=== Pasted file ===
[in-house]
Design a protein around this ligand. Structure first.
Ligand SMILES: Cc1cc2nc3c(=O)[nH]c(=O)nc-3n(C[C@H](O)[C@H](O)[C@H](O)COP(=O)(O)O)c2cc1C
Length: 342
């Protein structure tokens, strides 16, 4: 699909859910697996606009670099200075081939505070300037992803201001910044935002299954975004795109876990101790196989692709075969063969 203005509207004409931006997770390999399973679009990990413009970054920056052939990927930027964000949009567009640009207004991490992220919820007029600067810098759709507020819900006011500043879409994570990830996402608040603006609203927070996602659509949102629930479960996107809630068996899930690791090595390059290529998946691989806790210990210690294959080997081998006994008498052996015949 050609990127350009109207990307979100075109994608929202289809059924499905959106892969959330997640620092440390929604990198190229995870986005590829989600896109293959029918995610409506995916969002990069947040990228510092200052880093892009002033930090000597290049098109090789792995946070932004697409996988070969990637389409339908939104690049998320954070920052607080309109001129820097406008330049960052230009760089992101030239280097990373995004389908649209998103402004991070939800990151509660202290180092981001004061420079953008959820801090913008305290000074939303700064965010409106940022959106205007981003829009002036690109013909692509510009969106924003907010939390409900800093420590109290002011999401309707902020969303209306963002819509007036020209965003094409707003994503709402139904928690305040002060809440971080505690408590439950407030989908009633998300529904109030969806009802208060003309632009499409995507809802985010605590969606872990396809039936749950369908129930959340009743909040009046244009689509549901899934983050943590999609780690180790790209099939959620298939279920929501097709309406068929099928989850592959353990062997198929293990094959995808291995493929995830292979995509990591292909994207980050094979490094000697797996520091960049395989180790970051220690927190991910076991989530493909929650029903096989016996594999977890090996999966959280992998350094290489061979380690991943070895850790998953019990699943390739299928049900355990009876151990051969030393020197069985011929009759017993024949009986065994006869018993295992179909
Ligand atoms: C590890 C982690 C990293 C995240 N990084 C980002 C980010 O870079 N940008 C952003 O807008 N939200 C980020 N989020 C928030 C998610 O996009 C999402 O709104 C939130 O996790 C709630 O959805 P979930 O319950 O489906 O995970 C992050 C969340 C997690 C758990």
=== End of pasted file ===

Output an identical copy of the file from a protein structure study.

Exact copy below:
[in-house]
Design a protein around this ligand. Structure first.
Ligand SMILES: Cc1cc2nc3c(=O)[nH]c(=O)nc-3n(C[C@H](O)[C@H](O)[C@H](O)COP(=O)(O)O)c2cc1C
Length: 342
């Protein structure tokens, strides 16, 4: 699909859910697996606009670099200075081939505070300037992803201001910044935002299954975004795109876990101790196989692709075969063969 203005509207004409931006997770390999399973679009990990413009970054920056052939990927930027964000949009567009640009207004991490992220919820007029600067810098759709507020819900006011500043879409994570990830996402608040603006609203927070996602659509949102629930479960996107809630068996899930690791090595390059290529998946691989806790210990210690294959080997081998006994008498052996015949 050609990127350009109207990307979100075109994608929202289809059924499905959106892969959330997640620092440390929604990198190229995870986005590829989600896109293959029918995610409506995916969002990069947040990228510092200052880093892009002033930090000597290049098109090789792995946070932004697409996988070969990637389409339908939104690049998320954070920052607080309109001129820097406008330049960052230009760089992101030239280097990373995004389908649209998103402004991070939800990151509660202290180092981001004061420079953008959820801090913008305290000074939303700064965010409106940022959106205007981003829009002036690109013909692509510009969106924003907010939390409900800093420590109290002011999401309707902020969303209306963002819509007036020209965003094409707003994503709402139904928690305040002060809440971080505690408590439950407030989908009633998300529904109030969806009802208060003309632009499409995507809802985010605590969606872990396809039936749950369908129930959340009743909040009046244009689509549901899934983050943590999609780690180790790209099939959620298939279920929501097709309406068929099928989850592959353990062997198929293990094959995808291995493929995830292979995509990591292909994207980050094979490094000697797996520091960049395989180790970051220690927190991910076991989530493909929650029903096989016996594999977890090996999966959280992998350094290489061979380690991943070895850790998953019990699943390739299928049900355990009876151990051969030393020197069985011929009759017993024949009986065994006869018993295992179909
Ligand atoms: C590890 C982690 C990293 C995240 N990084 C980002 C980010 O870079 N940008 C952003 O807008 N939200 C980020 N989020 C928030 C998610 O996009 C999402 O709104 C939130 O996790 C709630 O959805 P979930 O319950 O489906 O995970 C992050 C969340 C997690 C758990």